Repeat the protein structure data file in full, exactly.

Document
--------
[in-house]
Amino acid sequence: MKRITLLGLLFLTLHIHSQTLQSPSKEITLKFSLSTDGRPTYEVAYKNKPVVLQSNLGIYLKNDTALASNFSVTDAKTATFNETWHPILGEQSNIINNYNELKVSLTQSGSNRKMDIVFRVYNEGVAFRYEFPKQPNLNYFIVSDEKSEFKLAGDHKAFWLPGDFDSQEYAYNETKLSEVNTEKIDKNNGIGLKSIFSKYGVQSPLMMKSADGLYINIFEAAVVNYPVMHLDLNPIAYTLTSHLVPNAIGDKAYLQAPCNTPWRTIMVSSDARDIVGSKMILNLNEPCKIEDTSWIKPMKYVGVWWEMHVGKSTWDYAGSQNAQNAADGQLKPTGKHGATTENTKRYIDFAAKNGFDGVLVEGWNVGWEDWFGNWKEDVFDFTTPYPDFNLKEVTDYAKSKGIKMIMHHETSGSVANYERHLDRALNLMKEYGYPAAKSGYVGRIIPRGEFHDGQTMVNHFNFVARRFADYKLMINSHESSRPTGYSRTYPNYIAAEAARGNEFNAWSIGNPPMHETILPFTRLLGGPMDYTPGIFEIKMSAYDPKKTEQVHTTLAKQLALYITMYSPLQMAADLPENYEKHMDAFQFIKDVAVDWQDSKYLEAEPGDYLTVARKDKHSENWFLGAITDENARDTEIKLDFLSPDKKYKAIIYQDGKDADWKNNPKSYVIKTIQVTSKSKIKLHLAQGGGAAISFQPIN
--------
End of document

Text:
[in-house]
Amino acid sequence: MKRITLLGLLFLTLHIHSQTLQSPSKEITLKFSLSTDGRPTYEVAYKNKPVVLQSNLGIYLKNDTALASNFSVTDAKTATFNETWHPILGEQSNIINNYNELKVSLTQSGSNRKMDIVFRVYNEGVAFRYEFPKQPNLNYFIVSDEKSEFKLAGDHKAFWLPGDFDSQEYAYNETKLSEVNTEKIDKNNGIGLKSIFSKYGVQSPLMMKSADGLYINIFEAAVVNYPVMHLDLNPIAYTLTSHLVPNAIGDKAYLQAPCNTPWRTIMVSSDARDIVGSKMILNLNEPCKIEDTSWIKPMKYVGVWWEMHVGKSTWDYAGSQNAQNAADGQLKPTGKHGATTENTKRYIDFAAKNGFDGVLVEGWNVGWEDWFGNWKEDVFDFTTPYPDFNLKEVTDYAKSKGIKMIMHHETSGSVANYERHLDRALNLMKEYGYPAAKSGYVGRIIPRGEFHDGQTMVNHFNFVARRFADYKLMINSHESSRPTGYSRTYPNYIAAEAARGNEFNAWSIGNPPMHETILPFTRLLGGPMDYTPGIFEIKMSAYDPKKTEQVHTTLAKQLALYITMYSPLQMAADLPENYEKHMDAFQFIKDVAVDWQDSKYLEAEPGDYLTVARKDKHSENWFLGAITDENARDTEIKLDFLSPDKKYKAIIYQDGKDADWKNNPKSYVIKTIQVTSKSKIKLHLAQGGGAAISFQPIN